Google’s dark patterns

Google’s being sneaky again. Last year I shared an article about research into ‘dark patterns’, sneaky user interface tricks that shopping websites use to catch us out. It seems the search advertising giant is getting in on the act now.

Google’s ads just look like search results nowThe Verge
Last week, Google began rolling out a new look for its search results on desktop, which blurs the line between organic search results and the ads that sit above them. In what appears to be something of a purposeful dark pattern, the only thing differentiating ads and search results is a small black-and-white “Ad” icon next to the former. It’s been formatted to resemble the new favicons that now appear next to the search results you care about. Early data collected by Digiday suggests that the changes may already be causing people to click on more ads.

Indeed, when I search for pet insurance, I can hardly see any real search results without scrolling down.

googles-being-sneaky-again

Google made a big change to search results that makes it harder to distinguish ads from regular results, and people are calling Google out for itBusiness Insider
This is not the first time Google has been accused of using manipulative design practices, known as “dark patterns,” to trick users into clicking on ads.

The Wall Street Journal reporter Rolfe Winkler said the Federal Trade Commission sent letters in 2013 to Google and other search engines saying the distinction between ads and organic search results had become “less noticeable to consumers.” In the letters, the FTC told the companies to “make any necessary adjustments to ensure you clearly and prominently disclose any advertising.”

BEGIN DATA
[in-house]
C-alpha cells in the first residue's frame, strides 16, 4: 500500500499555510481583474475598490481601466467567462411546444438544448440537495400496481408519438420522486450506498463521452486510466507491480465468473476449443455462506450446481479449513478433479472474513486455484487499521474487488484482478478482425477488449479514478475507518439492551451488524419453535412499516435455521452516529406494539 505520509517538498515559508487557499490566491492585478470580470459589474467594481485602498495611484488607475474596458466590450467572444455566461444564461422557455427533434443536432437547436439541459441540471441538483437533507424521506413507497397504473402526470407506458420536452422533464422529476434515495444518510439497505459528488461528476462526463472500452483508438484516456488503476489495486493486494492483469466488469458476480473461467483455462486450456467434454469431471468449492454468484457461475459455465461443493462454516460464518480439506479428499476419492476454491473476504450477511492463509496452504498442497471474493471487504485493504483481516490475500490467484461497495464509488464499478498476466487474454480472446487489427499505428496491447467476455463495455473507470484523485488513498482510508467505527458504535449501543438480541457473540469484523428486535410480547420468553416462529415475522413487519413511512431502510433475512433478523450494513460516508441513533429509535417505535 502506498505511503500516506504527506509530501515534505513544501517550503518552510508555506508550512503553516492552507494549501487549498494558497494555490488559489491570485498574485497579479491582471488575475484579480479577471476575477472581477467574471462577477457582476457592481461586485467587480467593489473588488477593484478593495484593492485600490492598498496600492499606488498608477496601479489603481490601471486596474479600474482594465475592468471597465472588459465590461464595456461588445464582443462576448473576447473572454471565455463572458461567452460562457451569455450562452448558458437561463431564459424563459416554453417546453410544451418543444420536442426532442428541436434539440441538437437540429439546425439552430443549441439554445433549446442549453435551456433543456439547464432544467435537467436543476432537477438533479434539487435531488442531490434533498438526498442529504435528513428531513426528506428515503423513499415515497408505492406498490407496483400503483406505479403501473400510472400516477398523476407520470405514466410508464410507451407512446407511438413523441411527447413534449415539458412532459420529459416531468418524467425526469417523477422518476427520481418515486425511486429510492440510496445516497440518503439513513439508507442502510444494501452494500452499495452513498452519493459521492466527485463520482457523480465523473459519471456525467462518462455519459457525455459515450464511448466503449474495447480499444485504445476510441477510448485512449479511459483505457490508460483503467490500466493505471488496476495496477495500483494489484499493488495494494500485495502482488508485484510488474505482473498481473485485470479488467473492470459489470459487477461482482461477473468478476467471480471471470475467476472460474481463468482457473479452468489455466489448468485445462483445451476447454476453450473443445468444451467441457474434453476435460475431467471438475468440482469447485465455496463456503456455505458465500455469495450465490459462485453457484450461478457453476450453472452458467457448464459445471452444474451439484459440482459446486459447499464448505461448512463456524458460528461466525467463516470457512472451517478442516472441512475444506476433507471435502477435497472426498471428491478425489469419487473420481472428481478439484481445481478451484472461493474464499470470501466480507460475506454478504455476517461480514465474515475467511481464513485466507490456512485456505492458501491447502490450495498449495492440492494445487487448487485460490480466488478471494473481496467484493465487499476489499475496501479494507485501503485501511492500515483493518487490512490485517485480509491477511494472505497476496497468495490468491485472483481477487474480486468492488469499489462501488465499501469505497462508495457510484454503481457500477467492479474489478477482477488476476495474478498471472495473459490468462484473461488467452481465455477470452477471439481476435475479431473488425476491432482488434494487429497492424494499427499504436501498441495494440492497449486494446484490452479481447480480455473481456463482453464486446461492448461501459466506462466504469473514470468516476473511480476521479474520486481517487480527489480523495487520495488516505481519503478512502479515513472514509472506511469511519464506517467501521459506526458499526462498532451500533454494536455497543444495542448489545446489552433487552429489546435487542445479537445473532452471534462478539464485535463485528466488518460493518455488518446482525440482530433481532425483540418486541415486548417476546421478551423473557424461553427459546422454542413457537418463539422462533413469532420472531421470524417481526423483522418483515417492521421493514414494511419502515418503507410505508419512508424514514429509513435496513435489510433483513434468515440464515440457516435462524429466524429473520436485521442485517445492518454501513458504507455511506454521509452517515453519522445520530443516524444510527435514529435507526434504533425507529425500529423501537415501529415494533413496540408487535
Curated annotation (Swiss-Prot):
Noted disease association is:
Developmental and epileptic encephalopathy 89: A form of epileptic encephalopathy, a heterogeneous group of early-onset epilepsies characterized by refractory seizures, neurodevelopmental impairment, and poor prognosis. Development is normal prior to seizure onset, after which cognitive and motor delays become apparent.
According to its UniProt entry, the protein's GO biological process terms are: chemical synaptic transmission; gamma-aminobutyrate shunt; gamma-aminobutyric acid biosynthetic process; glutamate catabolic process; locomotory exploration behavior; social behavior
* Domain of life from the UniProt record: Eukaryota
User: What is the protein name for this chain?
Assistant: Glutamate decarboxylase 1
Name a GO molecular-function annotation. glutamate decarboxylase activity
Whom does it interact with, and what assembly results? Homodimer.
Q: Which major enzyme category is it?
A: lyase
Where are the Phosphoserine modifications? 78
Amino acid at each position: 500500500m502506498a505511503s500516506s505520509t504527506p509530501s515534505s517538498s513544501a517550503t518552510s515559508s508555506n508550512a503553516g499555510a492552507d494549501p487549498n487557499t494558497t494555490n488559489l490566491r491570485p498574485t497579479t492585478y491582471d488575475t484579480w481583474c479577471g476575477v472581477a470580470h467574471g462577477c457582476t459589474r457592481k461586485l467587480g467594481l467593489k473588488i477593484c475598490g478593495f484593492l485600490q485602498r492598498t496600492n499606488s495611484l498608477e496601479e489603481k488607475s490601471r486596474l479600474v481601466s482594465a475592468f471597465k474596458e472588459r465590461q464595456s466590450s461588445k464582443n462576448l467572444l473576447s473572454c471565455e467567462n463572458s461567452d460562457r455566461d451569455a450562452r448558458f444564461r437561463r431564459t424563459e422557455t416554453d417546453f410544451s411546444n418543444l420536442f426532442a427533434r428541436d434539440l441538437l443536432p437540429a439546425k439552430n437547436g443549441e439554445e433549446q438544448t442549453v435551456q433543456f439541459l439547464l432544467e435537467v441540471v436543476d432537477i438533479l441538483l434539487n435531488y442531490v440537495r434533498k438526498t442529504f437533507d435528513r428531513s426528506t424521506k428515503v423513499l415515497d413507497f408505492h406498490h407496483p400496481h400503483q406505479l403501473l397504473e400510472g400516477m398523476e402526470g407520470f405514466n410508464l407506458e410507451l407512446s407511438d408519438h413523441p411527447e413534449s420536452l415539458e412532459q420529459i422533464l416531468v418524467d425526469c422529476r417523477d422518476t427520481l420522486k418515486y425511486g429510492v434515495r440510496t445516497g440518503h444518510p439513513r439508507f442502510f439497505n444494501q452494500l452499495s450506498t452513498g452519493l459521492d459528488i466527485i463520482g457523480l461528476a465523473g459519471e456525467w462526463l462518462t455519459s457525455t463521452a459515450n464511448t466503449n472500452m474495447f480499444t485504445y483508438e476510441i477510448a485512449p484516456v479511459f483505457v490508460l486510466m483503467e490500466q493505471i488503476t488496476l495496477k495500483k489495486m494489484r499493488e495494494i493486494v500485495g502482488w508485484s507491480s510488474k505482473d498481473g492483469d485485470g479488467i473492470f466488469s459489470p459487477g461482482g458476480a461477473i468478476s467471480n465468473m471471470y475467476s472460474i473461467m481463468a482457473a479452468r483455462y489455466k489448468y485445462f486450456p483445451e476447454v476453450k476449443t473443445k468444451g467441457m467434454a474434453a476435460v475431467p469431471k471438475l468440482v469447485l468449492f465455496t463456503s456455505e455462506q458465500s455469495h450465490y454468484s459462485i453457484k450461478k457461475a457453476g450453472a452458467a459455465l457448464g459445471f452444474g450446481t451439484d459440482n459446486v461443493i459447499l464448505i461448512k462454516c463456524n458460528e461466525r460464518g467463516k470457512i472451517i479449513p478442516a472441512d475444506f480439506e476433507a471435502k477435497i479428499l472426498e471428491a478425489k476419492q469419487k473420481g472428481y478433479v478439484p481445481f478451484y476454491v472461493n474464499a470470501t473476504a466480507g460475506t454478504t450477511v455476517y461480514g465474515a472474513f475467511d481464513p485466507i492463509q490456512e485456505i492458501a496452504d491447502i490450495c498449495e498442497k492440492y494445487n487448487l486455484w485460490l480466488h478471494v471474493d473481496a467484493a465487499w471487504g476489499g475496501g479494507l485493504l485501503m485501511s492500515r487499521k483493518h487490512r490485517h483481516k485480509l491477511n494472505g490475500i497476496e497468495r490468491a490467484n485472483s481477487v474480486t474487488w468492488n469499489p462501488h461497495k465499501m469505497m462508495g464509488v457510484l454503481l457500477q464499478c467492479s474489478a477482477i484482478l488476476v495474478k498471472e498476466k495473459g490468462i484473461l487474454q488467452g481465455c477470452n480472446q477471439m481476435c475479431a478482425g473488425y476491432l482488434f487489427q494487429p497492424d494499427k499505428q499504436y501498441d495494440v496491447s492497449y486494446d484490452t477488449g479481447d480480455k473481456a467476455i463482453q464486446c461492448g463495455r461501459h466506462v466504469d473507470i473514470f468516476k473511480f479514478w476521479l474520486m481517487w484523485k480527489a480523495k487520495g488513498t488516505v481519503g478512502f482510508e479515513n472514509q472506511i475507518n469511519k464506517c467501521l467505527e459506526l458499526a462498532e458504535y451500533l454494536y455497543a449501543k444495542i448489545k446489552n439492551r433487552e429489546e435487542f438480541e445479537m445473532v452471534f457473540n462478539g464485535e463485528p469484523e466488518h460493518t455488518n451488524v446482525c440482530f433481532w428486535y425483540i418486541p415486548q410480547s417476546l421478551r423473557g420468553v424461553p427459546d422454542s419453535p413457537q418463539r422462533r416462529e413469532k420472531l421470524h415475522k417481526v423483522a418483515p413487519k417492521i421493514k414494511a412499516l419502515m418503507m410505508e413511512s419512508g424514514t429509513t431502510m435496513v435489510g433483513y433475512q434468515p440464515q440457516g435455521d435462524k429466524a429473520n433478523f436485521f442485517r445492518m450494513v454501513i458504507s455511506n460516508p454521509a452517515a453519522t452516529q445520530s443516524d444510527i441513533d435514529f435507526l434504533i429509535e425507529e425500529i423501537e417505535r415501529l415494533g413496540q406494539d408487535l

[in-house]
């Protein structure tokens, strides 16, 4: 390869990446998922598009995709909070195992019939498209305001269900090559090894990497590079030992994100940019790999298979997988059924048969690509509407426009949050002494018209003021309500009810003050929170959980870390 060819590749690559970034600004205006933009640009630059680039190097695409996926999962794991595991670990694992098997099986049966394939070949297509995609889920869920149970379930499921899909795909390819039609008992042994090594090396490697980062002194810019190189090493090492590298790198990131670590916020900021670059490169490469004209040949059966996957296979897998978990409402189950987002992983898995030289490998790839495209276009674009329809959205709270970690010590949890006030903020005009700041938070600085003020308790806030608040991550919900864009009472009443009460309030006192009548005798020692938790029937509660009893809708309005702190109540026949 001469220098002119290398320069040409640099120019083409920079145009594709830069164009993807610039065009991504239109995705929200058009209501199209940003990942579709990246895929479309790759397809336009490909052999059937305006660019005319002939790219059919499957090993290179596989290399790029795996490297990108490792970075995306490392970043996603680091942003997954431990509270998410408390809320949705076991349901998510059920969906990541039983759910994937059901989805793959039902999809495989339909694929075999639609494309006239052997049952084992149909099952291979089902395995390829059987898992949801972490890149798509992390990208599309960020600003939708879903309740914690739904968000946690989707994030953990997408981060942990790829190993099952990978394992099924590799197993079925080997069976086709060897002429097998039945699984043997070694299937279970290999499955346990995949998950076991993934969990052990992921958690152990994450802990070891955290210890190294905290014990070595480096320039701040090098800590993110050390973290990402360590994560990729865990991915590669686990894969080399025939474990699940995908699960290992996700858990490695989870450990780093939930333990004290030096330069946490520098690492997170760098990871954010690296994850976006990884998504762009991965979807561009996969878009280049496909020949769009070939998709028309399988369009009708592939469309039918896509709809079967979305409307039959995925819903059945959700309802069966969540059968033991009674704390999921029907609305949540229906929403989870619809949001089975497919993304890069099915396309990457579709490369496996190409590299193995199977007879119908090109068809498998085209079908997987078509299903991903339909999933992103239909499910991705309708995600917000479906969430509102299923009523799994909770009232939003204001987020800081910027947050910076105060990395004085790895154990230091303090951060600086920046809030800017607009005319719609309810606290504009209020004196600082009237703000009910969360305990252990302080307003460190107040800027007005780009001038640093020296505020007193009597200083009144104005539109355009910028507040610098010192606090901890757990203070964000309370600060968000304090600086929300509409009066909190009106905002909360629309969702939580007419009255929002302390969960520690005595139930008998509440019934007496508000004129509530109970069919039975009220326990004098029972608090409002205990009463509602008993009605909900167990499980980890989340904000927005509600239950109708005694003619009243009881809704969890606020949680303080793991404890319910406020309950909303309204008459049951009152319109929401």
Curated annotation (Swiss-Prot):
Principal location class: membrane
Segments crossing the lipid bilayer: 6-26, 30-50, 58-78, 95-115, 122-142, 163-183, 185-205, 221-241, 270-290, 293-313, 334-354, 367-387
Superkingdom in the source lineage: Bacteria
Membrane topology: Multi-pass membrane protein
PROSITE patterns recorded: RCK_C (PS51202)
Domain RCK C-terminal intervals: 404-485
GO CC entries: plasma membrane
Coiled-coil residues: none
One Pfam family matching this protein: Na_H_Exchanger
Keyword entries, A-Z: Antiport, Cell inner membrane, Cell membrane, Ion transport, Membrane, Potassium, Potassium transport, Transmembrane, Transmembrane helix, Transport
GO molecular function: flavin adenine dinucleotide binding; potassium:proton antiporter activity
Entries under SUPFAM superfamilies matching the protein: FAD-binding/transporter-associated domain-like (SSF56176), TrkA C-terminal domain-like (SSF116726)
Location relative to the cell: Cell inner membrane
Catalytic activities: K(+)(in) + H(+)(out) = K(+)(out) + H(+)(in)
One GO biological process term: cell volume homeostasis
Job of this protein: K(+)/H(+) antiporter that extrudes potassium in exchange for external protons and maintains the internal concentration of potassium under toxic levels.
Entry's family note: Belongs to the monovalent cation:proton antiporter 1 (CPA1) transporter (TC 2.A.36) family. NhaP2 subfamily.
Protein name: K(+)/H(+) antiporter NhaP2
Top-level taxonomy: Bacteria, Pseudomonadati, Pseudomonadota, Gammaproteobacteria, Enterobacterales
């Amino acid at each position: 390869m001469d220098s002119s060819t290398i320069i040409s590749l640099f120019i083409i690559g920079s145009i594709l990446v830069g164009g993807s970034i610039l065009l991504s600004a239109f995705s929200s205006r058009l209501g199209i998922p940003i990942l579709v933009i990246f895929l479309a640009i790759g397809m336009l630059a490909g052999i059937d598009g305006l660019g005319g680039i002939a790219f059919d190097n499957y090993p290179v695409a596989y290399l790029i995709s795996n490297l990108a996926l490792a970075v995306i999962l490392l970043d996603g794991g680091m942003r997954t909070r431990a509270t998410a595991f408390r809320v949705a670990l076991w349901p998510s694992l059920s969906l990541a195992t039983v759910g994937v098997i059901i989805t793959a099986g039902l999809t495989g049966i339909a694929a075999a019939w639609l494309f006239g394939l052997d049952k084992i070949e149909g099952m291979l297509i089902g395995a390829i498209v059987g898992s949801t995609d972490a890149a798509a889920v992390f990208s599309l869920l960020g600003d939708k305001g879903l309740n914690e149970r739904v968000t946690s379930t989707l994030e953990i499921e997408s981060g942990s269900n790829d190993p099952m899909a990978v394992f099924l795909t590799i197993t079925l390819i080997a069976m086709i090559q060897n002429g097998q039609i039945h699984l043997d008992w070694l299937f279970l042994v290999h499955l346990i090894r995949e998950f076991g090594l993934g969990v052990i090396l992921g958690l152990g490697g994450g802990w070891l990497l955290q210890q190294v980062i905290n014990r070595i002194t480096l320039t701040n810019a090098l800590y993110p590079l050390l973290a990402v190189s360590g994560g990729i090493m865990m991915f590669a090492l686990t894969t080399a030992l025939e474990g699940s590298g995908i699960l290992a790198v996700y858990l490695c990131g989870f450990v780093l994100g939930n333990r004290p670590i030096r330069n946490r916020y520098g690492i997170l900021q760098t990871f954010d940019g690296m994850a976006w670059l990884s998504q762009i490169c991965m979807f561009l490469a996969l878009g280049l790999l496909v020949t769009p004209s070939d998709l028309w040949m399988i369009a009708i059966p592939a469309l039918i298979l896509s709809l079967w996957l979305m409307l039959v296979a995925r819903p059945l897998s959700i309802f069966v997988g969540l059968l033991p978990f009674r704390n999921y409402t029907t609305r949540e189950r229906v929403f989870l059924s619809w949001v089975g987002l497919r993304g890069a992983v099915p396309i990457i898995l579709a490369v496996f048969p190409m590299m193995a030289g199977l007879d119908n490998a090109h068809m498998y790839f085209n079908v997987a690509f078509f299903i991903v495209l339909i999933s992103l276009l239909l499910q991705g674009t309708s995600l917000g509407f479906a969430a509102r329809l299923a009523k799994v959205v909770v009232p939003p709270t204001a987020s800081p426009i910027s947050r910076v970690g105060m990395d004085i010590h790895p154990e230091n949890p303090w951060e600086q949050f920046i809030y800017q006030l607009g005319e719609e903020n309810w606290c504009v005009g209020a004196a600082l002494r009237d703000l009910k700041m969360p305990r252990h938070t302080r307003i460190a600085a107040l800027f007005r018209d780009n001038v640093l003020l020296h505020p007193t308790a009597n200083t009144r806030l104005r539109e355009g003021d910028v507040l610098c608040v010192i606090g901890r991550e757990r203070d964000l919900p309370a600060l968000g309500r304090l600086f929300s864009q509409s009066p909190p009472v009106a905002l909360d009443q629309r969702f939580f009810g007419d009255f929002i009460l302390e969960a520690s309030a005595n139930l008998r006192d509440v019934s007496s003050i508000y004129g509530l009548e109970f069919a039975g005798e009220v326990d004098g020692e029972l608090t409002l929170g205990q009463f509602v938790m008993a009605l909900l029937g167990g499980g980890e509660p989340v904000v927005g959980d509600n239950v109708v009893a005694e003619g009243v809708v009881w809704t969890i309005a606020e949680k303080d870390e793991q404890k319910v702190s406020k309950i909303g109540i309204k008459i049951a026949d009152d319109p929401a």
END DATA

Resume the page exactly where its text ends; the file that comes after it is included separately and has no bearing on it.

I’d say those letters have been completely ignored, wouldn’t you?

Update 26/01/2020

A rethink.

Google backtracks on desktop search redesign blurring ads from organic resultsBoing Boing
Google’s recently announced new redesign of desktop search results would have made ads pretty much look exactly like search results. Google is now backtracking, listening to the criticism, and trying a different visual approach.

Google backtracks on search results designTechCrunch
The company acknowledged that its latest experiment might have gone too far in its latest statement and noted that it will “experiment further” on how it displays results.

Author: Terry Madeley

I work with student data and enjoy reading about art and design, data, education and technology.

5 thoughts on “Google’s dark patterns”

  1. This is so sneaky and really annoys me. It erodes trust for users. As an alterative, I now use the Brave browser and also DuckDuckGo, both of these browsers are more privacy minded, the results in DuckDuckGo aren’t as robust or relevant at times, but it seems to be a better trade off for getting more privacy.

    Liked by 1 person

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